Netflix Refutes Reported Prices of Ad-Supported Tier

by Samantha Whidden
netflix-refutes-reported-prices-ad-supported-tier

As rumors continue to circulate about its upcoming ad-supporting tier plan, Netflix is refuting any of the reported prices. 

As previously reported, sources stated that Netflix is looking to price its ad-supporting tier as low as $7 per month. It will include advertising loads of four minutes per hour. The service will match up against fellow streaming platform Disney+, which will launch its ad plans in December at $7.99 per month. 

However, Netflix stated on Monday (August 29th) that the reports of ad-supporting tiers being between $7 and $9 are just speculation at this point. “We are still in the early days of deciding how to launch a lower-priced, ad-supported tier, and no decisions have been made,” a rep explained. “So this is just speculation at this point.” 

Netflix now offers ad-free options that are ranging from $9.99 to $19.99. This depends on how many users log into the same account. The current most popular plan costs $15.49 in the U.S. The plans for the ad-supported plans come just months after the streaming service announced it would be cracking down on account sharing. 

Although it now has 200 million users, Netflix has reportedly lost more than one million subscribers this year alone. Although the pricing for the ad-support tier remains a mystery, the company notably isn’t planning to advertise during children’s programs or within the streaming platform’s original films. This was reportedly cited by anonymous sources.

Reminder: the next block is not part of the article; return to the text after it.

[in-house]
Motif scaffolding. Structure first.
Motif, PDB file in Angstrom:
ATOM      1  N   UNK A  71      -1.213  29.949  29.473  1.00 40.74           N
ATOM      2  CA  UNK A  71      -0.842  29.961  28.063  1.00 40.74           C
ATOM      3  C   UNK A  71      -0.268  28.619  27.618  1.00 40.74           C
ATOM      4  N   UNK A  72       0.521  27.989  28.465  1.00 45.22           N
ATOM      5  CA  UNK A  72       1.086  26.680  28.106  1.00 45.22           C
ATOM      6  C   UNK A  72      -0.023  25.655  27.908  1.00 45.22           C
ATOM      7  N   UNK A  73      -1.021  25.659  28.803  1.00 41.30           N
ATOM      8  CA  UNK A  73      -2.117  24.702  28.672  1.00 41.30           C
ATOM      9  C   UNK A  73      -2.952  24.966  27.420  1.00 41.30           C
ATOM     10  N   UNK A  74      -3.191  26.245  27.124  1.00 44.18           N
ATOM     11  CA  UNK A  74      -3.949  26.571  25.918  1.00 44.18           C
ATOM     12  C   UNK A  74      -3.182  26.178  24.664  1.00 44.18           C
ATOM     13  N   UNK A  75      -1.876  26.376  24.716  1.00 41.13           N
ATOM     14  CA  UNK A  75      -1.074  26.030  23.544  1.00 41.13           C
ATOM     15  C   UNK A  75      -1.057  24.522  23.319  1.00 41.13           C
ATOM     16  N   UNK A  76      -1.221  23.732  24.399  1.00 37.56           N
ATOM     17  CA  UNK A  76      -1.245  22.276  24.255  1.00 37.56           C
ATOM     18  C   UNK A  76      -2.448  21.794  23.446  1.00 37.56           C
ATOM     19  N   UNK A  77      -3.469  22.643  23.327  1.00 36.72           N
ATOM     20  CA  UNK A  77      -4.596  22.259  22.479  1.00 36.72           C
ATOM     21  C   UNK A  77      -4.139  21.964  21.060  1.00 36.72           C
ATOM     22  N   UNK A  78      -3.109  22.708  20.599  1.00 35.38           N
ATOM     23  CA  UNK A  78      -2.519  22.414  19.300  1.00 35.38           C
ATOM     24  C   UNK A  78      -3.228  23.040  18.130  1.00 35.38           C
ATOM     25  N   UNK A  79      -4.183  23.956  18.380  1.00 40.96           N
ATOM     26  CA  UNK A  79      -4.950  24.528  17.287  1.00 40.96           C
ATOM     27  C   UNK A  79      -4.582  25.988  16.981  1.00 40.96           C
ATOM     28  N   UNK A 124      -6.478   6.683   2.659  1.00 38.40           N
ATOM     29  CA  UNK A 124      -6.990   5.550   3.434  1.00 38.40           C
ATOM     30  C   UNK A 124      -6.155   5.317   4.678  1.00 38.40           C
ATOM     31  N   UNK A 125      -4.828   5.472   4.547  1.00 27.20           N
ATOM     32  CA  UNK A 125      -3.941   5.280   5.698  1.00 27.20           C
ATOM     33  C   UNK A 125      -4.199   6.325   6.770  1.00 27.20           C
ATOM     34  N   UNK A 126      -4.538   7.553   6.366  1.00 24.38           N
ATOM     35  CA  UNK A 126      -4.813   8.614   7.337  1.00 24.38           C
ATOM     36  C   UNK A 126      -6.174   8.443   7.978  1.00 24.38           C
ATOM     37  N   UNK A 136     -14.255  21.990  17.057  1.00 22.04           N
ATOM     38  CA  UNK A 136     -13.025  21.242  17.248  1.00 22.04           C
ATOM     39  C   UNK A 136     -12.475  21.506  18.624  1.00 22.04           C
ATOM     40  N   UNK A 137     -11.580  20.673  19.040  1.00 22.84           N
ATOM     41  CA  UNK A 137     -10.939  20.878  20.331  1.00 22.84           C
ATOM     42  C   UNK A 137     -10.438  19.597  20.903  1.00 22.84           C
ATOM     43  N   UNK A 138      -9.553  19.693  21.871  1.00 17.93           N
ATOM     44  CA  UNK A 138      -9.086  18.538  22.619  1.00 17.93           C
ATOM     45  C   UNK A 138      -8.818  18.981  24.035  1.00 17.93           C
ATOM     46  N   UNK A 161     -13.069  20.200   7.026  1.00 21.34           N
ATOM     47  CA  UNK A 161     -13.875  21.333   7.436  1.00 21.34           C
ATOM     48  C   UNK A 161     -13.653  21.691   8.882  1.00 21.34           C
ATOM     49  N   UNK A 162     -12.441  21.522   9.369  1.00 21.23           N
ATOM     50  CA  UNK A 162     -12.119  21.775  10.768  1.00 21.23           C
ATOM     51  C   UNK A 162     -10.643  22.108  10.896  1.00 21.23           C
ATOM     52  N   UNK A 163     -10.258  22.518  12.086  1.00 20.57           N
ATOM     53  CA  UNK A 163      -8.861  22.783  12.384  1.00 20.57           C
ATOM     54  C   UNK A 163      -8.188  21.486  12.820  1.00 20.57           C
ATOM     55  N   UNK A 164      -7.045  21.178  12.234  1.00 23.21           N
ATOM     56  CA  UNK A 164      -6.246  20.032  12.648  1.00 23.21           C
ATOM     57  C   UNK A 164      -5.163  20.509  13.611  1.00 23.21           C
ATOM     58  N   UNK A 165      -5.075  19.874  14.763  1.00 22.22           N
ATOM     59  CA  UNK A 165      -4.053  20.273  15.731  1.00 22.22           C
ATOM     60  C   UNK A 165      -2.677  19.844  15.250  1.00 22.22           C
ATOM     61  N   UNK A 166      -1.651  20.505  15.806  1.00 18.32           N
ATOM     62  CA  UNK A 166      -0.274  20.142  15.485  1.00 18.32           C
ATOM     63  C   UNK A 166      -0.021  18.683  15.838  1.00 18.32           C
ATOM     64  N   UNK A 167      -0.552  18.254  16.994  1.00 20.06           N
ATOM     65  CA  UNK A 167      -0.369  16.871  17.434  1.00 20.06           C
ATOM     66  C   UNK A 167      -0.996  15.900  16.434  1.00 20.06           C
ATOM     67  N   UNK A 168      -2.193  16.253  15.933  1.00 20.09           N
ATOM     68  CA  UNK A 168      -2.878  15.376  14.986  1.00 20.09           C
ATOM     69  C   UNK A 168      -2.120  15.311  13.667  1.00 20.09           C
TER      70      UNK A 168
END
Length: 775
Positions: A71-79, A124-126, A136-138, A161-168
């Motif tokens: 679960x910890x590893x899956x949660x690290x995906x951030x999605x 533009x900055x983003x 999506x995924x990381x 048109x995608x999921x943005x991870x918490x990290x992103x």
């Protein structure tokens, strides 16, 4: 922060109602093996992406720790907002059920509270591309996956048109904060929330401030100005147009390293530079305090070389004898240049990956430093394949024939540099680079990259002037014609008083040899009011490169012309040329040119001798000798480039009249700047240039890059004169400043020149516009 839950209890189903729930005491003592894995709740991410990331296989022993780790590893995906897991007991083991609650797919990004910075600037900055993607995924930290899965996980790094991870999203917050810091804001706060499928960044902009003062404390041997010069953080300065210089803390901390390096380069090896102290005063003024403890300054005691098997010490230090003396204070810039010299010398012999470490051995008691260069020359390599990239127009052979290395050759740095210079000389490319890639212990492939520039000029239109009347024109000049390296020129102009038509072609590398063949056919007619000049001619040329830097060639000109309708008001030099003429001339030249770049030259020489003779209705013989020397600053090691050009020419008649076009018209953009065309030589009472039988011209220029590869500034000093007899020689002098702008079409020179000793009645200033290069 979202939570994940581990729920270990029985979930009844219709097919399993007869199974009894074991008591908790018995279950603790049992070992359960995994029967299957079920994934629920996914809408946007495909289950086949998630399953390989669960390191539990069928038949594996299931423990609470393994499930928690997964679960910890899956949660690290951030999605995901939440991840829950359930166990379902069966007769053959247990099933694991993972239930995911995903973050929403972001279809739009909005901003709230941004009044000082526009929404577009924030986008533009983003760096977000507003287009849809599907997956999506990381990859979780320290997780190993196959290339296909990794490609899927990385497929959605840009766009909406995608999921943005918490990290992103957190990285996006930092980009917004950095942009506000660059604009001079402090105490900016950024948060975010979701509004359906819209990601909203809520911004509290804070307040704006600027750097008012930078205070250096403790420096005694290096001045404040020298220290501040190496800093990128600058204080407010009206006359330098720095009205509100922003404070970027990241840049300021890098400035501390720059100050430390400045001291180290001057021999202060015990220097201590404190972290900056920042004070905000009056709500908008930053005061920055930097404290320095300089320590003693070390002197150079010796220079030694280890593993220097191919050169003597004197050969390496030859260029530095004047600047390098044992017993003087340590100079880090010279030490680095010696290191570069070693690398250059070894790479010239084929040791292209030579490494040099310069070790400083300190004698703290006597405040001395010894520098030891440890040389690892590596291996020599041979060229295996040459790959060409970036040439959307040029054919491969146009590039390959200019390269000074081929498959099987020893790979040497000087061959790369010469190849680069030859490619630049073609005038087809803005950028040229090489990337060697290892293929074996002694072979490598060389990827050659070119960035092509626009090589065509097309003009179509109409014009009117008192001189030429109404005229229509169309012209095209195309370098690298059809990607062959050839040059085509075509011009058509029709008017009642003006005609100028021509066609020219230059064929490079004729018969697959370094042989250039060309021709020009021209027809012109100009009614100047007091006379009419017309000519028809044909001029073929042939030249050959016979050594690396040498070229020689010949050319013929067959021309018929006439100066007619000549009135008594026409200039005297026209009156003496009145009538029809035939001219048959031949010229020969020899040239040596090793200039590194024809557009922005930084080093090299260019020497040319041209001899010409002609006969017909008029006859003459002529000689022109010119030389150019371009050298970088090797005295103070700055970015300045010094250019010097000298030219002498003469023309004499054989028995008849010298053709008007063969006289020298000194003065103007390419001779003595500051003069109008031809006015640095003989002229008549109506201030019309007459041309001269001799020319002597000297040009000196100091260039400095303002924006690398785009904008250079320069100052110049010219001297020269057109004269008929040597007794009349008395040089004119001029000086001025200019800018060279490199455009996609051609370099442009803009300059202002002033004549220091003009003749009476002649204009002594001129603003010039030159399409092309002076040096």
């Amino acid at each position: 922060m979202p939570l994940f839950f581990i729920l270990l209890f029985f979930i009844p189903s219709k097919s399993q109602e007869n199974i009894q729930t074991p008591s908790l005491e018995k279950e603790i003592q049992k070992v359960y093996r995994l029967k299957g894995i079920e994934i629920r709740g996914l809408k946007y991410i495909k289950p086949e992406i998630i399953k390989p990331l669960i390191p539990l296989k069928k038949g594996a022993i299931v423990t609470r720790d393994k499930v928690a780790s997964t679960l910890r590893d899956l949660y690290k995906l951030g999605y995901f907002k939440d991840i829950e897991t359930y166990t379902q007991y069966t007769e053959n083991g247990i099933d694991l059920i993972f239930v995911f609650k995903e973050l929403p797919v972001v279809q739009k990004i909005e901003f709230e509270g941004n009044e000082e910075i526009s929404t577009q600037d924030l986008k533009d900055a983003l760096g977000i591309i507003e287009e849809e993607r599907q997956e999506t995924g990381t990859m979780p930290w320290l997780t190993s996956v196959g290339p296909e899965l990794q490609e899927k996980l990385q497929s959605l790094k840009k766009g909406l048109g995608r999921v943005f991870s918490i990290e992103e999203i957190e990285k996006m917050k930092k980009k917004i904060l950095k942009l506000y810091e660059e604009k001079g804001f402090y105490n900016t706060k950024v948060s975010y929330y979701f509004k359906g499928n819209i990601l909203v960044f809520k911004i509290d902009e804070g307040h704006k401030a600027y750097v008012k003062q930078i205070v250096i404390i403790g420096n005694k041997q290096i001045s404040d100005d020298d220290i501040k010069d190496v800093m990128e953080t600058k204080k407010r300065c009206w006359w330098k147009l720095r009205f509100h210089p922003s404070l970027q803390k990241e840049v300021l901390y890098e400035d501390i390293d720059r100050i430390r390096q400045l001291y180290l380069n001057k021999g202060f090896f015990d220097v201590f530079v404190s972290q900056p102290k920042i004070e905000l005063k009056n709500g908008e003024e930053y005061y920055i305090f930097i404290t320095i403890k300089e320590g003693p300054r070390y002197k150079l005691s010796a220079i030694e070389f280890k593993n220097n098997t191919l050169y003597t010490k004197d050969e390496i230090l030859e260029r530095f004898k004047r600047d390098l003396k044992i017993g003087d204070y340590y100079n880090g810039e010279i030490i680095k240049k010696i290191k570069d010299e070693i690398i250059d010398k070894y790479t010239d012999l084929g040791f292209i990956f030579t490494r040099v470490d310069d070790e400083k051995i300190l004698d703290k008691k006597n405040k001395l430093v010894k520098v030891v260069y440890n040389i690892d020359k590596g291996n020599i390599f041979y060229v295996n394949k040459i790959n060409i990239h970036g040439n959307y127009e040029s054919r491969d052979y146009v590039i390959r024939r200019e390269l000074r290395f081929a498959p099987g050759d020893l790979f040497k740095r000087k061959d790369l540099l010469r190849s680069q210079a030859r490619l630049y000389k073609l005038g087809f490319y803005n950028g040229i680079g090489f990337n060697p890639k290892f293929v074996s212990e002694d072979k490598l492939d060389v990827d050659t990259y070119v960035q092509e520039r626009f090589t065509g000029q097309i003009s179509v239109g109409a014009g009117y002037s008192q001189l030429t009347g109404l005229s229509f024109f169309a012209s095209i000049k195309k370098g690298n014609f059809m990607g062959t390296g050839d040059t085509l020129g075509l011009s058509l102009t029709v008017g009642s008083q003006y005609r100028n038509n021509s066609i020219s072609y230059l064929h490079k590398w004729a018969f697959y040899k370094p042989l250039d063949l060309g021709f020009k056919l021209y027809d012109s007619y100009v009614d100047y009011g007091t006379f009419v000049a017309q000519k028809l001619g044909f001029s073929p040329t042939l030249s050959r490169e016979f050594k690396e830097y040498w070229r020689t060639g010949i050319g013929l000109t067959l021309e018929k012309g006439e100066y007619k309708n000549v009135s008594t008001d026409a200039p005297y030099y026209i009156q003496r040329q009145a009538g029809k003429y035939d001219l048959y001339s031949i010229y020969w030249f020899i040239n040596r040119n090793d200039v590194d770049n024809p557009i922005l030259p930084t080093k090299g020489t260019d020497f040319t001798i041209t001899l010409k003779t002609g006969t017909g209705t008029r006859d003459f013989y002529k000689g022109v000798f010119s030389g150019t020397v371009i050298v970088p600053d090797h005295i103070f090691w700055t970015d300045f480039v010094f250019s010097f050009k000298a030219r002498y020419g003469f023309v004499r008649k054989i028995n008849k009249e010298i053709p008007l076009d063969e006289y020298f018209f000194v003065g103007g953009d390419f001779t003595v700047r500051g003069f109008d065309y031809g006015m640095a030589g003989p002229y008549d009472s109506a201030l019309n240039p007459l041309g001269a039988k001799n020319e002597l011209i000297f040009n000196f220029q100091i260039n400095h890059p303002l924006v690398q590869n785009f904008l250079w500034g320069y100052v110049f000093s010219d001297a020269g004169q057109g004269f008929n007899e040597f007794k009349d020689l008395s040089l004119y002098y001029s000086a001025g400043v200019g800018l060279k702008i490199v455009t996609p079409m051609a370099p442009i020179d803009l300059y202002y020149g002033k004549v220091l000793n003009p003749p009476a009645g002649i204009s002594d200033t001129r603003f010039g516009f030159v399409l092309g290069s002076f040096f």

Meanwhile, Netflix is celebrating its 25th anniversary. Reed Hastings and Mark Randolph found the company in 1997 as a DVD delivery service.

Netflix Co-CEO Reed Hastings Stated He’s Open to a Cheaper Ad-Supported Plan 

While speaking to The Verge in April 2022, co-CEO and founder of Netflix, Reed Hastings, stated that he’s actually open to the thought of cheaper, ad-supporting plans. 

Hastings shared that the idea of ad-supporting tiers for Netflix is something that “makes a lot of sense” for consumers who would like to have a lower price and are advertising tolerant. Meanwhile, there are also discussions about what consumers can expect from the platform in the future. “I’m not saying that we’ll never do sports but we’ll have to see a path to growing a big revenue stream and a great profit stream with it,” co-CEO Ted Sarandos shared with Deadline as well. 

Sarandos went on to add that Netflix is expanding its content verticals constantly. “For us, look at games as a great example of adding something brand new to the service, something new for our members to enjoy. We’re going down the game path because it fits us really nicely, our ability to tell stories and build worlds are very consistent with our existing skillset and culture and we think we can build a big revenue and profit stream by adding games.”

Outsider.com